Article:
Michael Clarke on cricket, family and losing his best mate

Michael Clarke may have retired as Australia’s cricket captain and as one of the world’s best batsmen, but his footwork skills remain in high demand. Now, though, it’s his two-year-old daughter Kelsey Lee’s possessions he needs to be mindful of.

“I said to (my wife) Kyly when we had our little girl, ‘This lounge area in the house, this is for me to watch the footy or cricket,” Michael says. “She said, ‘Of course, babe.’” It didn’t turn out that way. “Our whole house is about our little girl. Toys, prams, babychairs everywhere. You’ve got to be good on your feet.

“My little girl loves her tea sets, so we have these mini tea sets, knives and forks. Her new phase is a cubby house. We built a cubby in the lounge, blankets everywhere, we sit in the middle of the cubby house and have a cup of tea.”

It’s a new world for Michael, 36, who has swapped touring the world for 14 years as a Test cricketer for a less stressful life in Sydney, focusing on family, fitness, commentating with Channel 9, running his Michael Clarke Cricket Academy, indulging in his hobbies (cars and boats) and his business life which includes a role as ambassador for the Hublot watch brand as well as Hugo Boss.

He’s in a great place. “I don’t miss playing cricket at all,” he insists. “I was asked this year to play cricket for my club but I said no. I feel the businesses, the commentary and my academy keeps me close enough to cricket without wanting to be back on the field.”

Michael retired in 2015 after the final Test of the Ashes series against England in August. After the death of his team-mate and close friend Phillip Hughes in 2014, Michael struggled to play on and now reveals he should have retired that day.

“It’s definitely always with me,” he says. “I didn’t allow myself to grieve at the time because I had responsibility to his family, firstly, but then also as Australia’s cricket captain to my teammates and getting us back out onto the field.


Michael Clarke. Photo: Matthew Abbott

Michael Clarke. Photo: Matthew Abbott


“It took me a lot longer to grieve his loss than it should have, or that I would have liked.”

Does it get easier? “Well, life moves forward,” he says, “but I still have days regularly where it’s heart-breaking. It’s still raw … the emotion and pain is still there.

“I shouldn’t have played another game. My career should have stopped then. It was too hard for me. My greatest strength as a small boy growing up and all through my career was that I was never scared. The faster they bowled, the easier it would be to score. I liked batting without a helmet on occasions; they’d bowl at your head and I’d love playing the hook or the pull shot.

“Even if it was just my sub-conscious, when I lost one of my best mates playing the game that we love, I think my subconscious worked out that you can actually die playing this sport. Even if it was the smallest bit of fear, you can’t play at the highest level like that.”

He went to the West Indies in June 2015 which he says was a mistake. “Going to the West Indies was probably the worst tour of my life in regards to how emotional I was,” he says. “I was there on my own. Unfortunately Kyly couldn’t come because she was pregnant and we weren’t comfortable with her flying.

“I had six weeks in the West Indies … whatever we had on as a team during the day I would go back to my room every night and just cry myself to sleep.”

He says having a family is easier now that he’s retired. “For me it was perfect timing. It was another reason why I knew it was the right time to retire because I couldn’t spend 10 months of the year away from my little girl.”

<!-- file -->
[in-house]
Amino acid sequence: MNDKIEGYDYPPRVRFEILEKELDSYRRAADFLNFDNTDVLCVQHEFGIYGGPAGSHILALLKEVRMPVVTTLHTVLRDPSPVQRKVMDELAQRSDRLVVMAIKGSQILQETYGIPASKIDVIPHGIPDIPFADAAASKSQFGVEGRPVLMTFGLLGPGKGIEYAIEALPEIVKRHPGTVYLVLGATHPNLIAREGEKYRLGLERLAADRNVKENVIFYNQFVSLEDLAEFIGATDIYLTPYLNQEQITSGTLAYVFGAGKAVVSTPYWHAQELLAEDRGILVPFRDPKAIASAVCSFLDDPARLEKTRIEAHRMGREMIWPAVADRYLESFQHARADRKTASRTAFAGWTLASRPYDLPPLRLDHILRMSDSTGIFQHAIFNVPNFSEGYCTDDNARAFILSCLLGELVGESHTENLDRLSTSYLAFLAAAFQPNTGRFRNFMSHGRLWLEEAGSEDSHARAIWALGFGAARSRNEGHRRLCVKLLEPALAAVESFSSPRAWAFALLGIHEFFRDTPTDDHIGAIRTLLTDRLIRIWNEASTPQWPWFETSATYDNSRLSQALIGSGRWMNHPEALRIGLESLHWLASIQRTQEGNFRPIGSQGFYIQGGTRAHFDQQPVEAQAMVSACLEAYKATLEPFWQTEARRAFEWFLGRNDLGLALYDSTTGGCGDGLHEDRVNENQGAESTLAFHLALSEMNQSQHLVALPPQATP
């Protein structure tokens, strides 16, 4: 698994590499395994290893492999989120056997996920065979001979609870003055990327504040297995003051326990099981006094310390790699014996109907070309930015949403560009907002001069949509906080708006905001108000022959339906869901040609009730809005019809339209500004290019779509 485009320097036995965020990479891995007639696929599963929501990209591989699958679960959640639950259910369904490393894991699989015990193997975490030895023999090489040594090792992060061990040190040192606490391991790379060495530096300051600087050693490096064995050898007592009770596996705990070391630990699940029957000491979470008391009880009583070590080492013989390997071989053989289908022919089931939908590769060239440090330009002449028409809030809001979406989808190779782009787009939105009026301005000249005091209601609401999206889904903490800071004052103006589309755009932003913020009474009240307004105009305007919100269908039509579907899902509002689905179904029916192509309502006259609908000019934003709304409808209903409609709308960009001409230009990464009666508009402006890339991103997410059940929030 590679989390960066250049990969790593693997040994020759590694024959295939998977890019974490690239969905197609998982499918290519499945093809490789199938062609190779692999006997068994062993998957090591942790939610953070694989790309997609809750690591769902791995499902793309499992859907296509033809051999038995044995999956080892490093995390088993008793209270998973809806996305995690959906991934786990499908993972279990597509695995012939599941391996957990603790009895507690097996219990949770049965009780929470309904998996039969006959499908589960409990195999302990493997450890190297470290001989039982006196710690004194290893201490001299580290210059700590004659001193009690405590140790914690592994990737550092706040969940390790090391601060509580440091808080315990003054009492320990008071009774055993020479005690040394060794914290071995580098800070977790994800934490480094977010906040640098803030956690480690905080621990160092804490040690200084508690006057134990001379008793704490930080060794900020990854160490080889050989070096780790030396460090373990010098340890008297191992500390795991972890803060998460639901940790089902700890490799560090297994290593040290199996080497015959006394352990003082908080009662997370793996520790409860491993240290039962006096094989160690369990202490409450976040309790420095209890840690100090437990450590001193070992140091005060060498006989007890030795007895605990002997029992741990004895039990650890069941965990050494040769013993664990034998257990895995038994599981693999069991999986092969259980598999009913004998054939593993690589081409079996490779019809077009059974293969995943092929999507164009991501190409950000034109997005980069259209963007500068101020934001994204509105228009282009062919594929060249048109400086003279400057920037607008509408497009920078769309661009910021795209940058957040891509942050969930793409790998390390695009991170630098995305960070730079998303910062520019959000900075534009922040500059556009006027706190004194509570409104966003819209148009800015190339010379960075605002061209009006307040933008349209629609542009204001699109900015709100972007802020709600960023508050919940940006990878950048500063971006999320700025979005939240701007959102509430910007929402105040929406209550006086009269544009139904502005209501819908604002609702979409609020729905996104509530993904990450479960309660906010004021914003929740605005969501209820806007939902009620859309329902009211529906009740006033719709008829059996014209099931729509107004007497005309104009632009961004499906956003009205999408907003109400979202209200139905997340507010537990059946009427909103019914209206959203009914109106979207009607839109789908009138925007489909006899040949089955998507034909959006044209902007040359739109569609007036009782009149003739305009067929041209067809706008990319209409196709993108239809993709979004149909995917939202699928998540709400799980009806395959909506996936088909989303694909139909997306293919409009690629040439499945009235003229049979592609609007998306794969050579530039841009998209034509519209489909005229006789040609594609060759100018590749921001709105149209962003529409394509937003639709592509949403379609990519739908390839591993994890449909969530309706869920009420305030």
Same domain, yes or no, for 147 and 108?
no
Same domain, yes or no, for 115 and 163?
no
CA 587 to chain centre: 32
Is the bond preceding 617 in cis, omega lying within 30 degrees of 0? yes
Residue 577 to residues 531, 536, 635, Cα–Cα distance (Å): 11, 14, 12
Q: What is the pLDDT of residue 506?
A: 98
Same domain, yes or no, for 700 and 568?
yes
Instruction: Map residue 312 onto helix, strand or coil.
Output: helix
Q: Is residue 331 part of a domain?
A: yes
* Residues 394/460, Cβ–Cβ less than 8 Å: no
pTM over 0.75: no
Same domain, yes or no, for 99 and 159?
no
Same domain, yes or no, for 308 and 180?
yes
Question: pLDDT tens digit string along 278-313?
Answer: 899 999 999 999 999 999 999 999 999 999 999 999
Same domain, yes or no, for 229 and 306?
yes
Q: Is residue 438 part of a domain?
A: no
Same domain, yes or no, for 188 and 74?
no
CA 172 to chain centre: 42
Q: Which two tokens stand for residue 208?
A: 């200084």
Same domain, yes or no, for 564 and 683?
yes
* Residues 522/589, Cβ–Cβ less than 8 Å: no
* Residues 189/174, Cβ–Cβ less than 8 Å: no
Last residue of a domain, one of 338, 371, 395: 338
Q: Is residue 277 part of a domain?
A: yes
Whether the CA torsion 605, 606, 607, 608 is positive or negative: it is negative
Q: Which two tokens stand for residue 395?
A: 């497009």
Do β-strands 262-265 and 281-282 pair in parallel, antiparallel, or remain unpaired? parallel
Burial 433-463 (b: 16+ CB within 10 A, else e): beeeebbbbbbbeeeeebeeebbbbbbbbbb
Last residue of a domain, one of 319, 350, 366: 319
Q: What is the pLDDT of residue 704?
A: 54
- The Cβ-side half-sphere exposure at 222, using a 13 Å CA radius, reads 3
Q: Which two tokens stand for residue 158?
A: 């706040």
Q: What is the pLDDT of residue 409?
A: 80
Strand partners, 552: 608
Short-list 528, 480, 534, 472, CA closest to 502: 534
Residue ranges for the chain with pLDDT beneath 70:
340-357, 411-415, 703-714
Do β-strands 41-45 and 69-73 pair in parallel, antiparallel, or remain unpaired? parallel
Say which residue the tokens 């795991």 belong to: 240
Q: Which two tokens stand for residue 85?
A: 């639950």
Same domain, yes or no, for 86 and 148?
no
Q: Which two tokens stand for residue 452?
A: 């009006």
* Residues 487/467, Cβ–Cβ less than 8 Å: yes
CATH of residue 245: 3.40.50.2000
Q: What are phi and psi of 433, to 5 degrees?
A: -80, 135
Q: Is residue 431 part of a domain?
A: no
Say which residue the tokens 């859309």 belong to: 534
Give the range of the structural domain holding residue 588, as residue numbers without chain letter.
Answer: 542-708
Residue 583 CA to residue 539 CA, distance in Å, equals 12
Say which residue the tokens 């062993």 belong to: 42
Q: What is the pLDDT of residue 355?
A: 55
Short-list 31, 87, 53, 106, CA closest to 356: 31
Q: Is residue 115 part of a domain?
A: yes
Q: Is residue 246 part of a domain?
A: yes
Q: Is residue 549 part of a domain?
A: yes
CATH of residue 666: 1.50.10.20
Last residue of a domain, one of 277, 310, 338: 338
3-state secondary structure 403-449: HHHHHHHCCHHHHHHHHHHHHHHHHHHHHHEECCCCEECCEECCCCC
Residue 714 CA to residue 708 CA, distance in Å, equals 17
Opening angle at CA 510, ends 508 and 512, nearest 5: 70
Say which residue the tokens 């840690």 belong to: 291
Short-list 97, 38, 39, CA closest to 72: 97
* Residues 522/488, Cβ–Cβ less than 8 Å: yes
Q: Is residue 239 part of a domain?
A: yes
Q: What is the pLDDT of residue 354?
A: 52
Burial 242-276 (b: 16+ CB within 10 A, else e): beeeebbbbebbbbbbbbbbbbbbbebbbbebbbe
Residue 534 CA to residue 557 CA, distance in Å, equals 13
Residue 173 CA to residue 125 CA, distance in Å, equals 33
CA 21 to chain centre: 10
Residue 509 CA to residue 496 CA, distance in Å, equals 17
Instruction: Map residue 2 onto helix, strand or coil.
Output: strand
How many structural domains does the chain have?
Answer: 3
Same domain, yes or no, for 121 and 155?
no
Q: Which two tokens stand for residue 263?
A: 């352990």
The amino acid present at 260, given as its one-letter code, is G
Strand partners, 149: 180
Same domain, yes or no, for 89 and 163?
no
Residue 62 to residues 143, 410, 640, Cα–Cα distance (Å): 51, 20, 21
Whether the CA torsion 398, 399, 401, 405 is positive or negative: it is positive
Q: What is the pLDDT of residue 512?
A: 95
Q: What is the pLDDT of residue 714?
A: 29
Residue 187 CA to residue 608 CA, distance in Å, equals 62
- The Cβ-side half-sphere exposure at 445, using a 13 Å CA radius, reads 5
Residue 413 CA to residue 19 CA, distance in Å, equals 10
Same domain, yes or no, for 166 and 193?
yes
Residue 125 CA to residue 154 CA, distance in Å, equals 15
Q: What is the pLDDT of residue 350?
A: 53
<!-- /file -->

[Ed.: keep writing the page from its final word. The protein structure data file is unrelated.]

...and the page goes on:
Becoming a father, he says, has “softened” him. “It probably allows me to relate a lot more to the emotional side of a person,” he says.

“As a sportsman and a husband I think I was very stuck in my ways. Having a little girl has softened me a lot. I wish we had her 10 years earlier because she’s been the best thing for me.”

Each day Michael gets to the gym at 5.30am and is home by seven when Kelsey Lee wakes up. He spends the morning with her and then goes to the office until 3.30pm. “My day is very structured. When I played cricket for Australia I was very structured. Fitness, family, business.”

He says retirement can be challenging. “I think there is definitely a transition period,” he says. “Once you leave professional sport at the highest level you realise that you live in a bubble, and I mean that respectfully, but everything’s done for you. Your flights are booked and paid for, you’re told what time to get to the airport, accommodation is paid for, you’re told where to get to, your food is paid for and brought to your room … to walk outside that can be, for some, difficult.

“My personality is that I like that responsibility and accountability. If we’re going on a holiday I’ll make sure the car’s booked (and) has a baby seat … I’m a very organised and structured person. If something goes wrong, I know who to blame, it will be me.”

Reflecting on life on the road, he believes the importance of family and close friends around is under-rated. “I always felt having my wife with me on tour helped my game,” he says. “You knew you had a partner in crime, you knew you had someone you could be very honest and open with, you had someone who could take your mind off cricket.

“My wife is not really into cricket … I’d come home from a game and she’d say, ‘How did you go? I’d say ‘Babe, I got 10’. She’d say ‘How good’s that? Someone got 0, you got 10, it’s good’. ‘No, I wanted 100’. That’s the stuff that I believe is great for your life. I believe kids take that to even another level.”

  • Michael Clarke returns to the Channel Nine commentary team for the 2017-2018 summer of cricket.
  • Hublot watches available at Monards / monards.com.au



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